Contracting Out The Government

Conservatives, especially those of the libertarian strain, fell in love with the idea of contracting out services paid for by the government. Not only did this get rid of a whole flock of pesky civil servants, but it also provided a convenient way to funnel cash into the pockets of wealthy people who could reward politicians. Britain pioneered this trend and the US is following hard in its footsteps. Andrew Bastani, writing in The New York Times, says the model is collapsing.

Last Monday Carillion, a Wolverhampton-based infrastructure and facilities management company, went into liquidation. The company has become an emblem of Britain’s public sector reforms over the last two decades, and its collapse represents a signal moment for the country.

A series of "reforms" reduced the size of the bureaucracy by contracting out work the government paid for and used to do.

This was part of a wider trend: In the five years following 2010, state money spent on outsourcing — contracting private companies to build and manage public services — nearly doubled, reaching £120 billion by 2015. One forecast has predicted that by the end of this decade £1 in every three spent on delivering public services will go to outsourcing companies. This wave of private sector contracts has made Britain the second largest market for outsourcing in the world.

Such a shift in the provision of public infrastructure and services has served two political objectives since the election of the coalition government in 2010: reducing public expenditure and increasing jobs in the private sector. In both respects, outsourcing seemed to offer a means to achieve the otherwise impossible.

As a proportion of gross domestic product, public spending in Britain is now lower than any other advanced economy in Europe.While falling short of the former chancellor George Osborne’s objective to reduce the state to the size it was in the 1930s, that is a momentous and rapid shift in the postwar era. This has unfolded alongside the country’s “employment miracle,” which has seen the emergence of millions of new jobs in the private sector.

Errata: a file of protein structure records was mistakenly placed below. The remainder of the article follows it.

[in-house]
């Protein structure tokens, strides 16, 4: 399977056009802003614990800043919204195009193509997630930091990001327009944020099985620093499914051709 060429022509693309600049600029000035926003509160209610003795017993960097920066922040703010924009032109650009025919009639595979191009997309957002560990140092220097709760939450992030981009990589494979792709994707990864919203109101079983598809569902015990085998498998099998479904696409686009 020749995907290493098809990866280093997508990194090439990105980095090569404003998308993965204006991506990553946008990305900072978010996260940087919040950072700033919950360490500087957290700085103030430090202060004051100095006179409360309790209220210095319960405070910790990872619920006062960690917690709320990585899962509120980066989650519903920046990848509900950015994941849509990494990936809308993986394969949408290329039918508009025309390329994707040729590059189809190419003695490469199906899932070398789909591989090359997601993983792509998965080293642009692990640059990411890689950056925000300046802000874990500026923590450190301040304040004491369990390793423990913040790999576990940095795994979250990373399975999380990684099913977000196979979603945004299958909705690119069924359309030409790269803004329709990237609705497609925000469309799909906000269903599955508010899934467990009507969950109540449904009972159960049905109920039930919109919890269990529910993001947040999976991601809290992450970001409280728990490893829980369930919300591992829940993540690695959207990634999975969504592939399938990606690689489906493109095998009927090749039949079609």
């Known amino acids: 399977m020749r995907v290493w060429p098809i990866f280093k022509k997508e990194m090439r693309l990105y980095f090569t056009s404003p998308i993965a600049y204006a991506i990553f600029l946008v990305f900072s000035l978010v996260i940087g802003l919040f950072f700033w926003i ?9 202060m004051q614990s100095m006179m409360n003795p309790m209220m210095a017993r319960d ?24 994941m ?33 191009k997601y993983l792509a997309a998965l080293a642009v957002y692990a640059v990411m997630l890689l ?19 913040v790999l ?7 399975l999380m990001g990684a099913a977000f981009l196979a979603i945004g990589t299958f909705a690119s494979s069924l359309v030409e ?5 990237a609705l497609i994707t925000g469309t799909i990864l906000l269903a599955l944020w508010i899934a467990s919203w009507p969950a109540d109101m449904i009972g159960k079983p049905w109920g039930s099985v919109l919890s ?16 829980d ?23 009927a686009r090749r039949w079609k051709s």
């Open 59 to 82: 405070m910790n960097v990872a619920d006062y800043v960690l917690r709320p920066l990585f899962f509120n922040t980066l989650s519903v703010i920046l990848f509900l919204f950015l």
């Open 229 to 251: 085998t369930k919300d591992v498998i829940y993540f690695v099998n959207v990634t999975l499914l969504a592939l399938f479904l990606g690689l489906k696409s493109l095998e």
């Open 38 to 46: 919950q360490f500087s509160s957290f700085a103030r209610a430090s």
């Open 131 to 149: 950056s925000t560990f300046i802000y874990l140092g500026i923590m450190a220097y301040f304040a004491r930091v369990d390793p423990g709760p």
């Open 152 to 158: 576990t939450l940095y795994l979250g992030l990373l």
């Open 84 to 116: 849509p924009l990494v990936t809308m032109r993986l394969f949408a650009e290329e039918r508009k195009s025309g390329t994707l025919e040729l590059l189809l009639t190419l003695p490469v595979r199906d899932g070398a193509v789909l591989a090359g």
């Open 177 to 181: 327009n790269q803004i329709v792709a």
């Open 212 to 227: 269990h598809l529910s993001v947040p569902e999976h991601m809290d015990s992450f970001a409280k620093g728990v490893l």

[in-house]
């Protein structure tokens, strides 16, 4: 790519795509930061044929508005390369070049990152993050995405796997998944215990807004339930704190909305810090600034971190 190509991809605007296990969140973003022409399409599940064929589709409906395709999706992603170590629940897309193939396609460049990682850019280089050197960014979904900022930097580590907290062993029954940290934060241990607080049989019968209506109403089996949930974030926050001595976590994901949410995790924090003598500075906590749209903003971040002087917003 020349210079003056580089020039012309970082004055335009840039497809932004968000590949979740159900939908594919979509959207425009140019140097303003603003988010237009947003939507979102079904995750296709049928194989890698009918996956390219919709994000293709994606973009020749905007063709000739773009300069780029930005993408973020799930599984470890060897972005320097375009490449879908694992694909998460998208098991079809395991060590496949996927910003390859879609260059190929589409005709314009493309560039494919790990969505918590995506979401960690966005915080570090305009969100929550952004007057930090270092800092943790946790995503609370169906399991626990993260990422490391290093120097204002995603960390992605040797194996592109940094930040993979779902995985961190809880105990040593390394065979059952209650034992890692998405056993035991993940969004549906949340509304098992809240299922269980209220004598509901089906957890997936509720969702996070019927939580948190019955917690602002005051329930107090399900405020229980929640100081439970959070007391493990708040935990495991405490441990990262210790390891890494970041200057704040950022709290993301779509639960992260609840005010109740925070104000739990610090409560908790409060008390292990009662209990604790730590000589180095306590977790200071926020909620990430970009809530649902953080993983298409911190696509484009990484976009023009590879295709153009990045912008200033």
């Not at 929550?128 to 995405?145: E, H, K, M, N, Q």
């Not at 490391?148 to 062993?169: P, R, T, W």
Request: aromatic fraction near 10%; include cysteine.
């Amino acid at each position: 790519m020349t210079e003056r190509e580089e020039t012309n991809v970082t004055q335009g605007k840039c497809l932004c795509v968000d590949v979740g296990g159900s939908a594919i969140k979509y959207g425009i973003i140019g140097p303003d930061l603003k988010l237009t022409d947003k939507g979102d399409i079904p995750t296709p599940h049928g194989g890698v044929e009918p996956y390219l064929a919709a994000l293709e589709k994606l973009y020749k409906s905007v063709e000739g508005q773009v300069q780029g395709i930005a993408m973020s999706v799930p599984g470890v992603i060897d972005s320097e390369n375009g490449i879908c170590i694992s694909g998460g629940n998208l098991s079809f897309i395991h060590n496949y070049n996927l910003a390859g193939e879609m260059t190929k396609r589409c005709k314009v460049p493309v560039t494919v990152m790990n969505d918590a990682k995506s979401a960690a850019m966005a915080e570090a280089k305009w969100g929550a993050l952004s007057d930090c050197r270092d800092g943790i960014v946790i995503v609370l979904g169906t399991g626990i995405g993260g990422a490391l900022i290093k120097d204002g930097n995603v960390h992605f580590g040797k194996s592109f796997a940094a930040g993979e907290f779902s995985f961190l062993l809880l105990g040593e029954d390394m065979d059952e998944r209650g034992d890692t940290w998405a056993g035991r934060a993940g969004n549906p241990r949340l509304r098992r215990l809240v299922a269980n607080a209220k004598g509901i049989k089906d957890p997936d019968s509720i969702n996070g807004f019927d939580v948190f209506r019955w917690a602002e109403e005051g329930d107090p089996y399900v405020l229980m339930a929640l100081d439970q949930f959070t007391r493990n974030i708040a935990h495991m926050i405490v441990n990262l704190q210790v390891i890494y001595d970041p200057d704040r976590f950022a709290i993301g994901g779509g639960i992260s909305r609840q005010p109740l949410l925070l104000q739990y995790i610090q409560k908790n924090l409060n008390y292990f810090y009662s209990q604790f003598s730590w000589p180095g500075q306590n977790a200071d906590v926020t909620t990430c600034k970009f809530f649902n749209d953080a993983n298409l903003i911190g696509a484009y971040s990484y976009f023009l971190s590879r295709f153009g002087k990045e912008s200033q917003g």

There’s only one problem. While the Conservatives could point to private sector job creation, and limited deficit reduction, this all unfolded alongside the biggest decline in real wages — measured as pay after inflation — since Watt’s steam engine. Between 2007 and 2015, wages fell 10.4 percent. This year that is expected to continue, with wages in Britain falling more than any other country in the O.E.C.D.

It’s the same story with productivity. In Britain an hour of work creates less output than it did 10 years ago. As with wages, there is no precedent for this in recent history — at least not since Napoleon invaded Russia. No comparable economy in the world today has endured such extraordinary inertia.

As workers took home less pay and productivity stagnated, Carillion, bolstered by hundreds of government contracts, continued to give its shareholders a profit. The company’s market capitalization returned to around pre-crash levels, as did its total revenue, which was £5.2 billion in both 2008 and 2016. But the figures were delusive: At the time of its liquidation, Carillion held just £29 million in cash, with debts of around £1.5 billion.

The US is headed down the same slippery path.


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